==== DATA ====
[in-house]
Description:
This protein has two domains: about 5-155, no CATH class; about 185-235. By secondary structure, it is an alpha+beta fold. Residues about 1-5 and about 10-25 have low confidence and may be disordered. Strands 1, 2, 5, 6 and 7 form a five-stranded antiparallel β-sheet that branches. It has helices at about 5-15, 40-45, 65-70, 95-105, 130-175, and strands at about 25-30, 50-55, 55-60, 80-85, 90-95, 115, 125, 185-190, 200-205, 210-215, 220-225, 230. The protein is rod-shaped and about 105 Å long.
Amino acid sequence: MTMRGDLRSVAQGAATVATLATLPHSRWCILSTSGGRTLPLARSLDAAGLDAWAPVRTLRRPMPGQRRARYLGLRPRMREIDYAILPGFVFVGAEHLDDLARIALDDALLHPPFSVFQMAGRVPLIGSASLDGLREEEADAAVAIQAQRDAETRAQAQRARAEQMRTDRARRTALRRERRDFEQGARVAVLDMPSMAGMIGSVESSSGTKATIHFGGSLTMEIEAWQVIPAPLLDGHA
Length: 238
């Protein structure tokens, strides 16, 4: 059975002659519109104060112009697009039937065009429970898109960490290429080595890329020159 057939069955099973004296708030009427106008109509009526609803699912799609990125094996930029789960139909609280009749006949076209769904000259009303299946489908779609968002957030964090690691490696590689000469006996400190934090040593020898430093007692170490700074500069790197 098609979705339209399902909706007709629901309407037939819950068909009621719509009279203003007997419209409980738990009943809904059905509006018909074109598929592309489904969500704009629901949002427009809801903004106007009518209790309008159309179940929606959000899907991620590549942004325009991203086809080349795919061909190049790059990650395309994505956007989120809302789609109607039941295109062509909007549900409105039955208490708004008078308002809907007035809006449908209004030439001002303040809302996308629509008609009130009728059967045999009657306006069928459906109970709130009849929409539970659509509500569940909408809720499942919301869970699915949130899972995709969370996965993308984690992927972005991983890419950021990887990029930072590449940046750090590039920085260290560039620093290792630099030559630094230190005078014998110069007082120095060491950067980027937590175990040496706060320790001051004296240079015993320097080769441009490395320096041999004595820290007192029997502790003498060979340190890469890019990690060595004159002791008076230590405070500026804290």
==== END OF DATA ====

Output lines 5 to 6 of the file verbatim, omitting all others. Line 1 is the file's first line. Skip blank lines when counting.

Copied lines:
Length: 238
């Protein structure tokens, strides 16, 4: 059975002659519109104060112009697009039937065009429970898109960490290429080595890329020159 057939069955099973004296708030009427106008109509009526609803699912799609990125094996930029789960139909609280009749006949076209769904000259009303299946489908779609968002957030964090690691490696590689000469006996400190934090040593020898430093007692170490700074500069790197 098609979705339209399902909706007709629901309407037939819950068909009621719509009279203003007997419209409980738990009943809904059905509006018909074109598929592309489904969500704009629901949002427009809801903004106007009518209790309008159309179940929606959000899907991620590549942004325009991203086809080349795919061909190049790059990650395309994505956007989120809302789609109607039941295109062509909007549900409105039955208490708004008078308002809907007035809006449908209004030439001002303040809302996308629509008609009130009728059967045999009657306006069928459906109970709130009849929409539970659509509500569940909408809720499942919301869970699915949130899972995709969370996965993308984690992927972005991983890419950021990887990029930072590449940046750090590039920085260290560039620093290792630099030559630094230190005078014998110069007082120095060491950067980027937590175990040496706060320790001051004296240079015993320097080769441009490395320096041999004595820290007192029997502790003498060979340190890469890019990690060595004159002791008076230590405070500026804290």